Canada Getting Serious With Big EV Incentive Plan

2 weeks ago by Sebastian Blanco 30

Chevy Bolt EV kilometer range

Big deals could be coming up North.

Electric vehicle sales in Canada continue to improve, with the Chevrolet Volt leading the way. Last week, the national government announced a comprehensive plan to, “increase the number of zero-emission vehicles (ZEVS) on Canadian roads by 2018.” The gist is that since the transportation sector is responsible fro almost a quarter of the emissions generated in Canada, shifting as many vehicles as possible over to plug-in electric or hydrogen power to, “to significantly reduce greenhouse gas emissions from the light-duty vehicle sector.”

It’s not just the Canadian federal government that’s taking a new pro-EV stance. The province of Quebec, for example, recently announced that it would incentivize the sale of used EVs, including used Nissan Leafs from the U.S. The whole country is using a plan called Transportation 2030, that wants to make travel for everyone easier, safer, and greener. Read more on that here.

Press Release:

Government of Canada to develop a national Zero-Emissions Vehicle Strategy by 2018

MONTREAL, May 26, 2017 /CNW/ – Today, the Honourable Marc Garneau, Minister of Transport and the Honourable Navdeep Bains, Minister of Innovation, Science and Economic Development, announced that the Government of Canada is moving forward with provincial and territorial partners, industry and stakeholders, to develop a national strategy to increase the number of zero-emission vehicles (ZEVS) on Canadian roads by 2018.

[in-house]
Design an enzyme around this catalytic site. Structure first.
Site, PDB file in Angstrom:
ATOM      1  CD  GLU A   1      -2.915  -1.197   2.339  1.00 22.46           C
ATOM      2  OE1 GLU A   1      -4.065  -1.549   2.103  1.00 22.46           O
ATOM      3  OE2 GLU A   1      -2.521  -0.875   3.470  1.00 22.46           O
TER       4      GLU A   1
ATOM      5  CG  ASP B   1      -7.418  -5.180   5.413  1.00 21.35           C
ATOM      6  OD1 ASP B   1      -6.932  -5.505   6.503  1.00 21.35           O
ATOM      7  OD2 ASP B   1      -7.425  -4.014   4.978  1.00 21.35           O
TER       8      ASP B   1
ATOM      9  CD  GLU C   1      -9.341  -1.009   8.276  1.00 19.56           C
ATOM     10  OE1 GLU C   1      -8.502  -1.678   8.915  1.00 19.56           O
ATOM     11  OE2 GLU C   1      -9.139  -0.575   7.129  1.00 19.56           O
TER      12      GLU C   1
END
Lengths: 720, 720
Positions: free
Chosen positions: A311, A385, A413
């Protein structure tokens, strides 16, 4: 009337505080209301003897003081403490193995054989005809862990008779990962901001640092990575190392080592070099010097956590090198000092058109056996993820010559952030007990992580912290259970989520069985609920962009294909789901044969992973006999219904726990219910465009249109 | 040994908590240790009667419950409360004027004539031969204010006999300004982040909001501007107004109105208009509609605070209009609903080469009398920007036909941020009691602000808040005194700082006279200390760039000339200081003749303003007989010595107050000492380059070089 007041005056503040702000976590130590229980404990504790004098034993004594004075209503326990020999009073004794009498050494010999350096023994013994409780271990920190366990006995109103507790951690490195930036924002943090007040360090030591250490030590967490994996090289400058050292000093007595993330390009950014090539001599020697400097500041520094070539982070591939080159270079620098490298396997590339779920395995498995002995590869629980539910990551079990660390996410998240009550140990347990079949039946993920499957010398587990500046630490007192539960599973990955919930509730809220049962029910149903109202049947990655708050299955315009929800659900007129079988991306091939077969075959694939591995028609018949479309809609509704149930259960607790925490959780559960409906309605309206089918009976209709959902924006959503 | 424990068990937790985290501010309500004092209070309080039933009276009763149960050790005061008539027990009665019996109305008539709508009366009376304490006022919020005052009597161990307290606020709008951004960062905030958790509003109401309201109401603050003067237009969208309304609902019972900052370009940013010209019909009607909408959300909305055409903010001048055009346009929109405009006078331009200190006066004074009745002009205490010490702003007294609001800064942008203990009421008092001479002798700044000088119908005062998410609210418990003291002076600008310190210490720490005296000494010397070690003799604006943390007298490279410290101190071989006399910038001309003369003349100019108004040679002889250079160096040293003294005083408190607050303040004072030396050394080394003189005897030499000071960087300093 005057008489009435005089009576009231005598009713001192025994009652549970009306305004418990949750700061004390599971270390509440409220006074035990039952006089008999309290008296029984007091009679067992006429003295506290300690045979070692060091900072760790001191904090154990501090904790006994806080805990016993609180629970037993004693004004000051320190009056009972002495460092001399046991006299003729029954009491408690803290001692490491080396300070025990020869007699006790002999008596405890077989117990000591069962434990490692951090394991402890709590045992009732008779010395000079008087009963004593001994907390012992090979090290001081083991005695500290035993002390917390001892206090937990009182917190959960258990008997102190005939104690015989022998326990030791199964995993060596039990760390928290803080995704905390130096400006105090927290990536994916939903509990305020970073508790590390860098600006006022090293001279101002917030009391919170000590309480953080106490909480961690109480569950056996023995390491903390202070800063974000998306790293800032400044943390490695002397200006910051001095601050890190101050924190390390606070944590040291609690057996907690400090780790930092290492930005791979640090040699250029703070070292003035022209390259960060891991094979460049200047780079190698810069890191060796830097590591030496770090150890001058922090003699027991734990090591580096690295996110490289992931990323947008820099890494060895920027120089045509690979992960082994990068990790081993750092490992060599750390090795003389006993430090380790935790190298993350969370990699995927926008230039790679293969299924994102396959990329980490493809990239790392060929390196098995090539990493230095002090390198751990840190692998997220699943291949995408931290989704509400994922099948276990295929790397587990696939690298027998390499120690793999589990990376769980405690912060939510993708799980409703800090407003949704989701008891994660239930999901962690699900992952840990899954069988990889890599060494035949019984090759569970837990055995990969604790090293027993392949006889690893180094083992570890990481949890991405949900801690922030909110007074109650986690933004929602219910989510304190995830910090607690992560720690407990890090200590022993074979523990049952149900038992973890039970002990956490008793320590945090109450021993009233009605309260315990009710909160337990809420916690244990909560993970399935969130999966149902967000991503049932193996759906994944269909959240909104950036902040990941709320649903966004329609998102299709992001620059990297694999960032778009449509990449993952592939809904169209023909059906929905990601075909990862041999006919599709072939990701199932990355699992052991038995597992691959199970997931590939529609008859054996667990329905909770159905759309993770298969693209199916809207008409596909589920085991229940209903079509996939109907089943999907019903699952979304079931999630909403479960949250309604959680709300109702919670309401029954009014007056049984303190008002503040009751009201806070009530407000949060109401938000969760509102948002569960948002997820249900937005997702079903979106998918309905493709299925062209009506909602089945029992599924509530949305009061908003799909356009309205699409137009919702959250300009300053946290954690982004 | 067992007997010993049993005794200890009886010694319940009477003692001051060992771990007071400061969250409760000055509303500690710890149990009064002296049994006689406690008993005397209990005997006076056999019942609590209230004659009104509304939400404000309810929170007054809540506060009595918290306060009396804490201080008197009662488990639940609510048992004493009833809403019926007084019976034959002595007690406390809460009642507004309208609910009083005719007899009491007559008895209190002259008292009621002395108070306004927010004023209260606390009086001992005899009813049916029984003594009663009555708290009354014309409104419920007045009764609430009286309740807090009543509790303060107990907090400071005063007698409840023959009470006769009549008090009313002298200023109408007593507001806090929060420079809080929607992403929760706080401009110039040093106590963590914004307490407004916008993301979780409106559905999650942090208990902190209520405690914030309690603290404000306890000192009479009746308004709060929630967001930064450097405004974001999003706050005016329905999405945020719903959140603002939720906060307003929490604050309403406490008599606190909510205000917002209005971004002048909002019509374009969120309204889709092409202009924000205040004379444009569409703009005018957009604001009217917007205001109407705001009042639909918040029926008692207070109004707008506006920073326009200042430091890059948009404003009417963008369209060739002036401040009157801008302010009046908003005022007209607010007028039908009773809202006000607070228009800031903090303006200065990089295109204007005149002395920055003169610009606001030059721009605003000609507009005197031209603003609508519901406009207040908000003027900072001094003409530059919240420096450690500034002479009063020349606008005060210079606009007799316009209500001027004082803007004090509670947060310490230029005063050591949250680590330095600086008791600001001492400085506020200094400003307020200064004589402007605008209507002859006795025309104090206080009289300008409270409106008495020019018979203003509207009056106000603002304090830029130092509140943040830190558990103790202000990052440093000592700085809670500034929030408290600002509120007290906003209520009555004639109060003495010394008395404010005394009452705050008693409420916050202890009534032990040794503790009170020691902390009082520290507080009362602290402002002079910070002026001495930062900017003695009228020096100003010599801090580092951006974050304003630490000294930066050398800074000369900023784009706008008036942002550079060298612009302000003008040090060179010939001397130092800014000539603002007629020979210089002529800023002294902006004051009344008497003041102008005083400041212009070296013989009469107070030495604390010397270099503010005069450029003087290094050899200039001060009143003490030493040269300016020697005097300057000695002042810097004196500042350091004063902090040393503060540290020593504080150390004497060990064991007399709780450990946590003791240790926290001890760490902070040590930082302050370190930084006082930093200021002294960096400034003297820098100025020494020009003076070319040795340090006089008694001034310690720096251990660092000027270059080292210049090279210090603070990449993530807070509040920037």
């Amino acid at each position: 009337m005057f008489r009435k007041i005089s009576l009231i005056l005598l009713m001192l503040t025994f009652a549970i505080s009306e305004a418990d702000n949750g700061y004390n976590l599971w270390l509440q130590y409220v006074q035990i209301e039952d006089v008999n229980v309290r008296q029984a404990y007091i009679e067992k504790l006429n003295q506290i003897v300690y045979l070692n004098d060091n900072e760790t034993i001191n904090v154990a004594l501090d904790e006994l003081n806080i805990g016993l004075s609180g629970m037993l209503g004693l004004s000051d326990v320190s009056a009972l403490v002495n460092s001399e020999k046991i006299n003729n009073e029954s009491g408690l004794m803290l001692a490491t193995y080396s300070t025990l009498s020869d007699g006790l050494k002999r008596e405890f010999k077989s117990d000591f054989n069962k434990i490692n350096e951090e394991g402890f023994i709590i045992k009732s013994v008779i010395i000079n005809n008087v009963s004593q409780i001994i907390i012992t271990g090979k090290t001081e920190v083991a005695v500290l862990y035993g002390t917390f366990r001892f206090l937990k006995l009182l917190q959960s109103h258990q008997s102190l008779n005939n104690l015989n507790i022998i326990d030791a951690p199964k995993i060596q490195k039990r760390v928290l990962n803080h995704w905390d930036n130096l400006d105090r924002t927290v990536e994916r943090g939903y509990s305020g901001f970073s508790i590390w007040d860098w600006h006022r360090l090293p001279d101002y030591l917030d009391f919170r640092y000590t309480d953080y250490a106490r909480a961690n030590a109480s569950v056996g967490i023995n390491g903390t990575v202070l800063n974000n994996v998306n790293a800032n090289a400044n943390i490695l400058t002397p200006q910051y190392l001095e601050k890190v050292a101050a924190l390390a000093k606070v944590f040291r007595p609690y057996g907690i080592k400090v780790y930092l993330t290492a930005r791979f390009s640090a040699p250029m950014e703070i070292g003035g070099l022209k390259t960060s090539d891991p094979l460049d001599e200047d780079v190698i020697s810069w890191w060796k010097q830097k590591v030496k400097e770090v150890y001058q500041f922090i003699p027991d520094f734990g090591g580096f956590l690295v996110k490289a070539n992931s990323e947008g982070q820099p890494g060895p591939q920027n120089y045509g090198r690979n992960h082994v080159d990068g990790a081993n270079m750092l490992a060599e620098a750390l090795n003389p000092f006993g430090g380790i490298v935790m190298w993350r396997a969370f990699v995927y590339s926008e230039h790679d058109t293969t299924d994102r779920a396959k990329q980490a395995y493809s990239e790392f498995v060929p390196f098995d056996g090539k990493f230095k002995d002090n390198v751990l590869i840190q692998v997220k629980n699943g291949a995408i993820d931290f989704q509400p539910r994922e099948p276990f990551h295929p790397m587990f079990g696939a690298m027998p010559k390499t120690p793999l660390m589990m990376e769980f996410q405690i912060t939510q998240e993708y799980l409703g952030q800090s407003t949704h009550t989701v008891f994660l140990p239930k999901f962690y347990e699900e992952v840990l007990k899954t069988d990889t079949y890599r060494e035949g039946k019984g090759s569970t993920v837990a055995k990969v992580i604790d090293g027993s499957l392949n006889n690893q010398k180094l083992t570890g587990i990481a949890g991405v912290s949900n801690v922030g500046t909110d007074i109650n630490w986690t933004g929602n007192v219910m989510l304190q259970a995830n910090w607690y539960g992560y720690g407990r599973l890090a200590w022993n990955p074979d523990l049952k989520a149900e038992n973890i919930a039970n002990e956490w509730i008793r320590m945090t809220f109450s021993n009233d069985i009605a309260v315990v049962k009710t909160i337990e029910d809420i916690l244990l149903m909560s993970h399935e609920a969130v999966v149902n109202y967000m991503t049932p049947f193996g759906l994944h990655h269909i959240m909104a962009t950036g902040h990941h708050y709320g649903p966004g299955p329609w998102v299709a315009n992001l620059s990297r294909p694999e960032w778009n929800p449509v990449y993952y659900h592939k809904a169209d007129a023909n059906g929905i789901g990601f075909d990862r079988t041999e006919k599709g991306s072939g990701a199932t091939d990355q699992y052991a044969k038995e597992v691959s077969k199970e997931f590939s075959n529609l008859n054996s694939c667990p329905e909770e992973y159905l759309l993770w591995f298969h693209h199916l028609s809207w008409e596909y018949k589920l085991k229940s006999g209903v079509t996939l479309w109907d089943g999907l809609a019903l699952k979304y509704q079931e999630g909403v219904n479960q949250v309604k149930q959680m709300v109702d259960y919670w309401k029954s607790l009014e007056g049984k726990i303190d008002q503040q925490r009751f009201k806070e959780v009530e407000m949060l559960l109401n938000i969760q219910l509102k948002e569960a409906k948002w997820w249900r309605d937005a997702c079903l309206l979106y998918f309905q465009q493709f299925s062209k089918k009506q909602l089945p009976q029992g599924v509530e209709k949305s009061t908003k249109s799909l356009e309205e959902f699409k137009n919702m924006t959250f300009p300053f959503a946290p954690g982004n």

Transportation accounts for about 24 percent of Canada’s emissions, mostly from cars and trucks. ZEVs which include battery electric, plug-in hybrid, and hydrogen fuel cell vehicles, offer the potential to significantly reduce greenhouse gas emissions from the light-duty vehicle sector. Canada is also uniquely placed to take advantage of the opportunities associated with the advanced technology driving this evolution – including innovation, R&D and talent – to create high quality middle class jobs.

Under the Pan-Canadian Framework on Clean Growth and Climate Change, federal, provincial and territorial governments committed to work with industry and stakeholders to develop a Canada-wide ZEV strategy by 2018. This strategy will be ambitious and will build on existing initiatives, such as light-duty vehicle regulations, provincial ZEV programs, and Canadian innovation superclusters, to help meet our 2030 greenhouse gas emissions reduction target and realize our potential as a global leader in innovation and the clean economy.

To advance the strategy, a national Advisory Group has been established to contribute to developing options for addressing the key barriers for greater deployment of these technologies in five areas: vehicle supply, cost and benefits of ownership, infrastructure readiness, public awareness, and clean growth and clean jobs.  The Advisory Group includes representatives from governments, industry, consumer and non-government organizations and academia.